Starter exits early as Pirates lose fifth in row, 7-4 to Astros
September 11, 2008 8:00 AM
David J. Phillip/Associated Press
Tom Gorzelanny leaves last night's game in the third inning with the Pirates' trainer in tow.
David J. Phillip/Associated Press
Miguel Tejada's grand slam in the sixth inning broke the game open for Houston, which clings to the hope of catching Milwaukee for the wild card.
By Dejan Kovacevic Pittsburgh Post-Gazette
HOUSTON -- Tom Gorzelanny's season might be finished after a finger injury knocked him out of the Pirates' 7-4 loss to the Houston Astros last night at Minute Maid Park.
Manager John Russell suggested it might be ligament damage to the left middle finger, but a firm diagnosis will not be available until an MRI is taken tomorrow when the team returns to Pittsburgh.
"Hopefully, it's not too bad," Gorzelanny said afterward. "I'll cross my finger."
The singular use of the term was a clear attempt at a joke, but Gorzelanny barely cracked a smile. And that, given how his 2008 has gone, surely was no accident: Expected to be a staff stalwart, if not the ace, he has gone 6-9 with a beastly ERA of 6.66 and, most disconcerting, was banished to the minors for six weeks.
Now, this, with 17 games to go.
With one out in the third inning, Gorzelanny threw a 2-1 slider to Lance Berkman for a called strike, then shook his throwing hand, paced and crouched behind the mound. Less than a minute after Russell and athletic trainer Brad Henderson reached the mound, he was ushered off.
Game: Pirates vs. Houston Astros, 8:05 p.m., Minute Maid Park.
Radio: WPGB-FM (104.7).
Pitching: LHP Zach Duke (5-13, 4.87) vs. RHP Roy Oswalt (14-9, 3.72).
Key matchup:Duke, a native of Clifton, Texas, tends to pitch carefully to fellow Texan Lance Berkman, who is 6 for 18 off him with five walks.
Of note: The Pirates had 26 comeback victories leading up to the July 31 trading deadline. They have had five since.
"I felt a little pop," Gorzelanny said.
The trouble might have begun earlier in the week when Gorzelanny jammed the finger. He could not remember how, but he sounded certain it did not happen during his side session.
"Honestly, I couldn't tell you. I do know it felt better going into this and that I could grip the ball."
It is difficult, then, to discern how much it might have led to his line of two runs on three hits -- all the damage coming on Hunter Pence's two-run home run in the second -- as well as two walks.
The Pirates would go on to lose their fifth in a row, and that probably should have come as no surprise on a night when two-thirds of Russell's starting lineup was batting below .240.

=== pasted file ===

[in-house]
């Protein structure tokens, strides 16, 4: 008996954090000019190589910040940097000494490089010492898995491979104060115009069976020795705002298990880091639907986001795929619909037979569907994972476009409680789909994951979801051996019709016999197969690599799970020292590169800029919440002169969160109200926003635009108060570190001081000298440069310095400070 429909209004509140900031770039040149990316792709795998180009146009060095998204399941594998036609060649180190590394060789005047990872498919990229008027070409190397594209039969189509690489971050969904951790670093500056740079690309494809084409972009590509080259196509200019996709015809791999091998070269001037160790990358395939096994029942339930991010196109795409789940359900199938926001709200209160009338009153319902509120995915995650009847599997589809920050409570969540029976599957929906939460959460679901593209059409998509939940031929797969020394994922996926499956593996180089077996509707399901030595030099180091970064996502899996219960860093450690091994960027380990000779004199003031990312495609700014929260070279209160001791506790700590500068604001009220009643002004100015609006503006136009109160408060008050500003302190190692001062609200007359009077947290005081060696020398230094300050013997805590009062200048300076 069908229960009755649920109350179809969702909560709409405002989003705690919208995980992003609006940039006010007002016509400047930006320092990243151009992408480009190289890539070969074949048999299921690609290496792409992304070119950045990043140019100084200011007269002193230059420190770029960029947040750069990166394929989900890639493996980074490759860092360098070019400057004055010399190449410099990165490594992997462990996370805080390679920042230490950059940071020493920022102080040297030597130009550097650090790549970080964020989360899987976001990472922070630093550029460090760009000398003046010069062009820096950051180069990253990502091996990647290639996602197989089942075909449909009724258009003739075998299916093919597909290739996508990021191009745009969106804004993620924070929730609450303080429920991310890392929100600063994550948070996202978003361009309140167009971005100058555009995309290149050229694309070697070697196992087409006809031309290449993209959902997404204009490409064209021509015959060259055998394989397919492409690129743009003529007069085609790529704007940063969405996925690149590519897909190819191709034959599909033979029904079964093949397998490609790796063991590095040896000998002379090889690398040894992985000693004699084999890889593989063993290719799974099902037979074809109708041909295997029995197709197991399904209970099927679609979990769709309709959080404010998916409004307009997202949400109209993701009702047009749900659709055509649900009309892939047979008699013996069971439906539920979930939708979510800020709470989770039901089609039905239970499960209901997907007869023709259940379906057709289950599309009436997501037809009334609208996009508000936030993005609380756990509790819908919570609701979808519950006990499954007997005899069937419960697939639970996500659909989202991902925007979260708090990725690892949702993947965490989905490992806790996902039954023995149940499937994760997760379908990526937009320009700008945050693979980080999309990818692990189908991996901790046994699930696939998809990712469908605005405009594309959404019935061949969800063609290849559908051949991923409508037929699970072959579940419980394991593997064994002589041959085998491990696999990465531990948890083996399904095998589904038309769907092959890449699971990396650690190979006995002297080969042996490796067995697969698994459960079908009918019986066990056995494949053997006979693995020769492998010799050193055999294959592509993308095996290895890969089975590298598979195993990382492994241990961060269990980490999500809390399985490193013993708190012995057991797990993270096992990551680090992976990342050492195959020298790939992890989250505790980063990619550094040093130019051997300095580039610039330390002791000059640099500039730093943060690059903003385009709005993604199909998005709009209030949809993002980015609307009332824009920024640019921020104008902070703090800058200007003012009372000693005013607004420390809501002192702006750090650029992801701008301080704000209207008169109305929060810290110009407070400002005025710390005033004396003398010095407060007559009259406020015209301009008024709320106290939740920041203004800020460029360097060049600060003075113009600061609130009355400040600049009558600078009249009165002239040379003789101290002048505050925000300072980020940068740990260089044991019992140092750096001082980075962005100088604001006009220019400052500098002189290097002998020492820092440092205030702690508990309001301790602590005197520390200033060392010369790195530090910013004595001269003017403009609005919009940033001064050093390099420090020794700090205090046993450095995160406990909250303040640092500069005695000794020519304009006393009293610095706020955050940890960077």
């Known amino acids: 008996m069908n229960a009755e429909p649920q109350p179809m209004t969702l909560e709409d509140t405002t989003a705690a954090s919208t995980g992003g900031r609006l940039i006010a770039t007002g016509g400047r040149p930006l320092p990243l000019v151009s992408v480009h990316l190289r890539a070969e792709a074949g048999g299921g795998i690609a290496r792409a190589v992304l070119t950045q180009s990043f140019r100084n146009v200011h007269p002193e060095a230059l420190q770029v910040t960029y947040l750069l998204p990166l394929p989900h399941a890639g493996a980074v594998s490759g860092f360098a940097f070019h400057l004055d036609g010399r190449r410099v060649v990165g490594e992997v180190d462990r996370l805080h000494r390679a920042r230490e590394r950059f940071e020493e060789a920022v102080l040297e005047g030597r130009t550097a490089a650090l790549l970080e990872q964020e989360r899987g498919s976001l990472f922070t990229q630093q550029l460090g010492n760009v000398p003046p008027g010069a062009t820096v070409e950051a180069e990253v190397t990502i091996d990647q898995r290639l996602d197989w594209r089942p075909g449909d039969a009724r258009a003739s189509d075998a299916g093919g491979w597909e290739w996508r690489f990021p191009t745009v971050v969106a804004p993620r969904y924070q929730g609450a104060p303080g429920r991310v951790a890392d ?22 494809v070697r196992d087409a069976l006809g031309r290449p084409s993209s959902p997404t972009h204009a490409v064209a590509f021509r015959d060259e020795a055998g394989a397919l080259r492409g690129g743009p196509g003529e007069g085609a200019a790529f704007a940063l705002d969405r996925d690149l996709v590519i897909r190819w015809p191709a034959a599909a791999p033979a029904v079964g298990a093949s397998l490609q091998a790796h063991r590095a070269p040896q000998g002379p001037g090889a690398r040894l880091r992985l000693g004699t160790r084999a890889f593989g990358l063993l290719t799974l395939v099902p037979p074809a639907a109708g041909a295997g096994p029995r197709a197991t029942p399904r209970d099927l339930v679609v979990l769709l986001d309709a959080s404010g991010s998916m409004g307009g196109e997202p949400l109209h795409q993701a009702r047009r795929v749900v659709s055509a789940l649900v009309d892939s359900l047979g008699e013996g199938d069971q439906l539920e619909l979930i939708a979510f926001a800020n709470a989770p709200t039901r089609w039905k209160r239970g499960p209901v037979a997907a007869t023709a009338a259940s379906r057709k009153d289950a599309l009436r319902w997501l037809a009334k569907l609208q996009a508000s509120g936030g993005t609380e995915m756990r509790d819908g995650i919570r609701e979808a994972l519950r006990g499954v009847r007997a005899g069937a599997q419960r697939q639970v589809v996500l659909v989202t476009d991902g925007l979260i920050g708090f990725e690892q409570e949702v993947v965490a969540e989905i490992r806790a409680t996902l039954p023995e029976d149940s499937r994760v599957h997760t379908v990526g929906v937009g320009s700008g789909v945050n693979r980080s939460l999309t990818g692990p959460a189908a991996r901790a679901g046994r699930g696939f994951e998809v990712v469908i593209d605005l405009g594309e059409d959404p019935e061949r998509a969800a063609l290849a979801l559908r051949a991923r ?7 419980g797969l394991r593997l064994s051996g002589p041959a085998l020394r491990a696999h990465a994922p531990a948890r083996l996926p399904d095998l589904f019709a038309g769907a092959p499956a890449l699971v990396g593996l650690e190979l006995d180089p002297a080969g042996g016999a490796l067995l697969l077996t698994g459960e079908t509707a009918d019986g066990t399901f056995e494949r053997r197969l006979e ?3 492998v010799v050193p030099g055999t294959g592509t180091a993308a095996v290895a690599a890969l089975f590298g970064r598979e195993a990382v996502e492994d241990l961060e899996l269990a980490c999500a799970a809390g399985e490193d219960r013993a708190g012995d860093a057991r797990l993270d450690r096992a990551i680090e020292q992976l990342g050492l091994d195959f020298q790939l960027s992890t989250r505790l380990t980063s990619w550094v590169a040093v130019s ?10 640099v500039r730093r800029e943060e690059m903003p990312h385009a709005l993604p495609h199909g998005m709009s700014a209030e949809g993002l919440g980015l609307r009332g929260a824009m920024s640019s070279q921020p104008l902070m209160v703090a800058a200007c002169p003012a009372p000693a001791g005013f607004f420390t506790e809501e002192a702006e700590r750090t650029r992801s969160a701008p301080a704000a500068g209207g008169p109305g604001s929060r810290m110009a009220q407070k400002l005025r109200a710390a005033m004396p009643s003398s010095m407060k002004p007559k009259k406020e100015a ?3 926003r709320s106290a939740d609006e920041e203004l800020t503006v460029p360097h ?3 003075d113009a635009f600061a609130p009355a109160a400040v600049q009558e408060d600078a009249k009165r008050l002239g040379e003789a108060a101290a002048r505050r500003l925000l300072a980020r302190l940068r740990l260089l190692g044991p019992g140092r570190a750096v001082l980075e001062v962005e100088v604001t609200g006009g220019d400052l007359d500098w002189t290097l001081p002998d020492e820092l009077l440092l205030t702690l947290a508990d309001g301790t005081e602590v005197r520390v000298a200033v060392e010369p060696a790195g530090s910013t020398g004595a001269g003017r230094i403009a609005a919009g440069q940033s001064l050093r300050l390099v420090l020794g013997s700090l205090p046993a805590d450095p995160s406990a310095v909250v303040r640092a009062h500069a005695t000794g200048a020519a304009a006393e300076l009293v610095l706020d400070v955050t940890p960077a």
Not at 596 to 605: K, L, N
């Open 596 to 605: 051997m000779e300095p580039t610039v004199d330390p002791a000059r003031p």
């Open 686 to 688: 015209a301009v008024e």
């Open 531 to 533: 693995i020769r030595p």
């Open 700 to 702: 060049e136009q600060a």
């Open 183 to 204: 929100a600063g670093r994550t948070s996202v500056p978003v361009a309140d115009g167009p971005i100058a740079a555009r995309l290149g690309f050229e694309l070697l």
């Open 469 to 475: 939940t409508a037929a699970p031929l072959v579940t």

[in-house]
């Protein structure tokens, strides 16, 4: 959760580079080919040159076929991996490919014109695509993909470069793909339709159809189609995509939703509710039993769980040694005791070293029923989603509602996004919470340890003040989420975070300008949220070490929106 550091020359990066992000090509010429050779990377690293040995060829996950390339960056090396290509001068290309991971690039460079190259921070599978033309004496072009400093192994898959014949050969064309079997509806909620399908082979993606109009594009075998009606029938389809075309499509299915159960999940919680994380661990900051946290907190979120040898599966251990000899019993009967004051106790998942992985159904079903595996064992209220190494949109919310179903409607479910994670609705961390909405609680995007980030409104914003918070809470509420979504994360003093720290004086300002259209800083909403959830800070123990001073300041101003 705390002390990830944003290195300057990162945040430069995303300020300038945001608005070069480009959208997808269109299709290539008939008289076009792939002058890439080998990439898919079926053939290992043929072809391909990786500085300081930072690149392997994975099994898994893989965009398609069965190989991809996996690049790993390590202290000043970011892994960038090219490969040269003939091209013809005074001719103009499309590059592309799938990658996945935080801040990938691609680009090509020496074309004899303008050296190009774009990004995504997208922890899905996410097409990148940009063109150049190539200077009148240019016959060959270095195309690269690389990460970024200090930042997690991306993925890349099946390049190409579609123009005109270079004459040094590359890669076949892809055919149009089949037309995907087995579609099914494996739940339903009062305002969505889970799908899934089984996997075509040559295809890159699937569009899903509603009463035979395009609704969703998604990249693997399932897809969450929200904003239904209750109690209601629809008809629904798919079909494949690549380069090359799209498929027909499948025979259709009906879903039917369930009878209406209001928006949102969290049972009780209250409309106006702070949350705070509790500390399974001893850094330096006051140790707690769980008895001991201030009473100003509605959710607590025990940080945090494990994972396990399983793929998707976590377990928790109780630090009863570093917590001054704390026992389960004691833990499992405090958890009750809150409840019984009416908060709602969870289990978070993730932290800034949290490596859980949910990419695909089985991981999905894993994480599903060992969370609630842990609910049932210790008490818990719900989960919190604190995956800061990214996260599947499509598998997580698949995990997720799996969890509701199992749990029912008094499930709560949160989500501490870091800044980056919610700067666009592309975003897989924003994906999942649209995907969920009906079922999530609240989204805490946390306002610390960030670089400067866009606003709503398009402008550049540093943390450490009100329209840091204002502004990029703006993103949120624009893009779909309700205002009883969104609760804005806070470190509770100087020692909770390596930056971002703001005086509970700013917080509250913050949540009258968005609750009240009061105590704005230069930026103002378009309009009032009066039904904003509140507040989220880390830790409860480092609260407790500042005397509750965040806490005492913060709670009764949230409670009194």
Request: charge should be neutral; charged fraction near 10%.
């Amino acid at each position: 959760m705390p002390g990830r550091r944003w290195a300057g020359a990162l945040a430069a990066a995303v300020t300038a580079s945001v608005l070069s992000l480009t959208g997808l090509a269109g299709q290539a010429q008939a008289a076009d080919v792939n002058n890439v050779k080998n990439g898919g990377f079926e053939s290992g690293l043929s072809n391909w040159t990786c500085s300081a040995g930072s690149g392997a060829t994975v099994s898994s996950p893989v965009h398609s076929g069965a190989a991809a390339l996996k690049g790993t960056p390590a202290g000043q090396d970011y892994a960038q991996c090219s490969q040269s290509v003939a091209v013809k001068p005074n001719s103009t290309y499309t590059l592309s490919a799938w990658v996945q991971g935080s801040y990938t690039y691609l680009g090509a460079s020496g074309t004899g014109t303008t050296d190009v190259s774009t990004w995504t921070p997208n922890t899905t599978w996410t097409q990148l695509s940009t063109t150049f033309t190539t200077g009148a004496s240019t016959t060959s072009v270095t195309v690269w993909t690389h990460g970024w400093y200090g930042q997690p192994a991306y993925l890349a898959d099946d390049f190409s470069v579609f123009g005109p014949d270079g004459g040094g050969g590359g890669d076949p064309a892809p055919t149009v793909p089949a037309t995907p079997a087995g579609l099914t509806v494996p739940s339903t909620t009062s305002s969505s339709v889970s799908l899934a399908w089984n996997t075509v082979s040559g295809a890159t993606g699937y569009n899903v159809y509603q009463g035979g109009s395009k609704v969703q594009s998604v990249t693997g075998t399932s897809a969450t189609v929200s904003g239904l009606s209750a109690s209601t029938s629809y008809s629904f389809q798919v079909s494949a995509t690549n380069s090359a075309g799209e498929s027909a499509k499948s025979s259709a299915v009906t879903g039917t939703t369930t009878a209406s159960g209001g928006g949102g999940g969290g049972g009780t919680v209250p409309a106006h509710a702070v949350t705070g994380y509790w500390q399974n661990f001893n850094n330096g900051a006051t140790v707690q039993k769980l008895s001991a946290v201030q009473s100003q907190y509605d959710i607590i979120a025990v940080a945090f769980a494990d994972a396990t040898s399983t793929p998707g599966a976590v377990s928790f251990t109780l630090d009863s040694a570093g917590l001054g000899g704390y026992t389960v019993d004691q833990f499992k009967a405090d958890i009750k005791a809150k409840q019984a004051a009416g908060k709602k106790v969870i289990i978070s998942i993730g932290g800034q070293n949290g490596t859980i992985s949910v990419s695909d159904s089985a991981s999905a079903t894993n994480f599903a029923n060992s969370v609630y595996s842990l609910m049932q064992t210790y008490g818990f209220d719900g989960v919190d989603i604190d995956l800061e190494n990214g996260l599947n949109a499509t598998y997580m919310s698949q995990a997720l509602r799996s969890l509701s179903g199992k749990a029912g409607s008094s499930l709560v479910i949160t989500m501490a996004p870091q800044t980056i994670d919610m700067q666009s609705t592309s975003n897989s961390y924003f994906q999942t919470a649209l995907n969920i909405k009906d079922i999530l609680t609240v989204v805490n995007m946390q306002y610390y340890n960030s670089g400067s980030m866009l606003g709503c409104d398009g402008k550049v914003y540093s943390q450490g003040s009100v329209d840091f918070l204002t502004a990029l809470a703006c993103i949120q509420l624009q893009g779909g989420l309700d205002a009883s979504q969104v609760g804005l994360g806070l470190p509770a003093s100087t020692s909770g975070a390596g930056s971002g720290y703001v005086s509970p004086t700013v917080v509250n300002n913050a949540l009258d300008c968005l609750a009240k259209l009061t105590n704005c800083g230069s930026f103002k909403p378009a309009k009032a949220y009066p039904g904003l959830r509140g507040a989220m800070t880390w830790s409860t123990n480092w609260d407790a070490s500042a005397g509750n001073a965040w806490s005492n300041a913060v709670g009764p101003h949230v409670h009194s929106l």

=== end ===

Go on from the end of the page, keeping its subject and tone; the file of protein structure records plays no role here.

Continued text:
They did catch up for a 2-2 tie after Pence's shot, as Adam LaRoche hit his 19th home run in the fourth inning -- a majestic blast just to the left of the 436-foot mark in center -- and Nyjer Morgan doubled home Brian Bixler in the next.
But Denny Bautista's latest blowup, a five-run sixth, rendered that moot.
Bautista had bailed T.J. Beam out of a jam in the fifth but his sixth opened with two hits, an out, a walk, a bases-loaded sacrifice fly and another walk to fill the bases anew for the torrid Miguel Tejada.
"It's still a good matchup if Denny throws the way he's capable," Russell said.
Bautista got a 2-2 count, but his flat, over-the-middle curveball was launched by Tejada into the arches above left-center, and his 11th career grand slam made it 7-2.
"I wanted to get it all the way down in the dirt," Bautista said. "I left it up, just like the one to Abercrombie."
That was a reference to Reggie Abercrombie's solidly struck double earlier in the inning.
Bautista, the hard-throwing right-hander acquired from the Detroit Tigers in late June, was mostly reliable through the All-Star break with a 3.90 ERA and .233 opponents' batting average, even though he walked more than he fanned. Since then, the ERA is 7.22, the opponents' average .326.
In his past nine appearances, comprising 10 1/3 innings, he has given up 14 runs and 17 hits.
"His velocity is still fine," Russell said. "He's just not getting any break on his breaking pitches."
Bautista was shut down by shoulder trouble just before the trade, but he insisted he was healthy and fresh.
"No problem with the shoulder," he said. "I just need to pitch better."
Nate McLouth and LaRoche had RBI doubles in the eighth, but the below-.240 crowd went a combined 4 for 19. That included another 0-for-4 from Andy LaRoche, whose latest hitless streak has reached 16 as his average has fallen to .169.
The only other highlight: With two outs in the ninth, Doug Mientkiewicz's hustling infield single -- accompanied by his own safe call as he hit the bag -- was followed by just his 15th career stolen base.
Zach Duke will try to avoid the four-game sweep tonight.